Join us this Sunday! In-Person 9:00am & 10:45am, Online 9:00am, 10:45am & 5:00pm

Join us this Sunday! In-Person 9:00am & 10:45am, Online 9:00am, 10:45am & 5:00pm

Join us at the next Sunday worship service:
9:00am & 10:45am,
Online 9:00am, 10:45am & 5:00pm

Week 1 Sermon Questions For Groups



Real life hero’s are important because they give us someone to look up to, someone to pattern our lives after. Many people look at celebrities or sports stars as their heroes. But being a celebrity does not make you a hero. The Bible is full of stories of men and women who became hero’s of the faith. The author of the book of Hebrews lists several of them in the 11th chapter. None of those listed were perfect, they all made mistakes, but I believe we can all learn something from their stories that will help us as we strive to become more like Christ. Each week we look at some of the “unlikeliest” heroes of the Bible, ordinary people who did extraordinary things for God. This week we looked at Moses.

Bottom Line: The most unlikely people make the most likely heroes.

Something To Talk About:

Moses seemed completely ill equipped for the task that God called him to do. He stood not as a finished product, modeling the character qualities we all strive for, but rather as a pretty ordinary, flawed individual much like any of us. Which raises a question: Why was the work of liberating the Israelites from Egypt entrusted to someone like that? Or in the same vein, why does God entrust His work to us?  Maybe that’s the point. Our sight is limited, our steps tentative, our abilities limited, but none of that matters when coupled with the power of God. Moses is confronted by God in a pretty spectacular manner, and yet he argues with God about how God has made a mistake. But in the process, Moses learns that with God all things are possible:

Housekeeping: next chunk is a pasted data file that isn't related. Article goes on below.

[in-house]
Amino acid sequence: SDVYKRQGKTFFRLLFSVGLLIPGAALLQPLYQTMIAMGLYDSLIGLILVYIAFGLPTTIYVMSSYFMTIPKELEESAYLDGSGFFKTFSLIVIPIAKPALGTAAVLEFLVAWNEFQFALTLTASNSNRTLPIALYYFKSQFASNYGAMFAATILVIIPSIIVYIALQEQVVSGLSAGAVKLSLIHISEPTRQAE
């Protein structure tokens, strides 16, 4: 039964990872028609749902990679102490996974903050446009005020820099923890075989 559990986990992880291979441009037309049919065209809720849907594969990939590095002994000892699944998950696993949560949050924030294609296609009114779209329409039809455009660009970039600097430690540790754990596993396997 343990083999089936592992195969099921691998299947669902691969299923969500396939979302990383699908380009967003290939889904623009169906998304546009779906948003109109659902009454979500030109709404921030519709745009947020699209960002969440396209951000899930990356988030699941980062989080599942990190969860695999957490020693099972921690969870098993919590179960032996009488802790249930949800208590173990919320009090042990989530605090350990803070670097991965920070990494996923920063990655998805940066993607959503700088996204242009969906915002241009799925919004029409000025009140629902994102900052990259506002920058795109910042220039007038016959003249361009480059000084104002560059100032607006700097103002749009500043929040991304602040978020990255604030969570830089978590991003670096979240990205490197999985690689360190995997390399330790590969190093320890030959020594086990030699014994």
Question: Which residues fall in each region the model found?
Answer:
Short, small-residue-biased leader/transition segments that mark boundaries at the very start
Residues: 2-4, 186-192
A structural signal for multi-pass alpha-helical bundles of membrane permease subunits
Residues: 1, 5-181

1. Heroes see what everyone else sees, but choose to do what no one else does: Acts 4:13 says, “The members of the council were amazed when they saw the boldness of Peter and John, for they could see that they were ordinary men with no special training in the Scriptures. They also recognized them as men who had been with Jesus.  Peter and John had just healed the crippled man outside the temple. Peter and John were looked at as unschooled, ordinary men. What set them apart is that they were known to be with Jesus during His earthly ministry. What set them apart is that they spent time with Jesus and they went about doing what no one else was. God loves to use ordinary people like you and me to do extraordinary things. Throughout the Bible, God used ordinary people to do great things and the only reason that we know about them is because of what God did through them. We have to remember that God doesn’t call the equipped, He equips the called. God created us to to be His hands and feet and as a result it is not enough to see a need. We need to do something about it. There isn’t a better time than the present to get involved. God’s waiting for you to change your world with Him right beside you.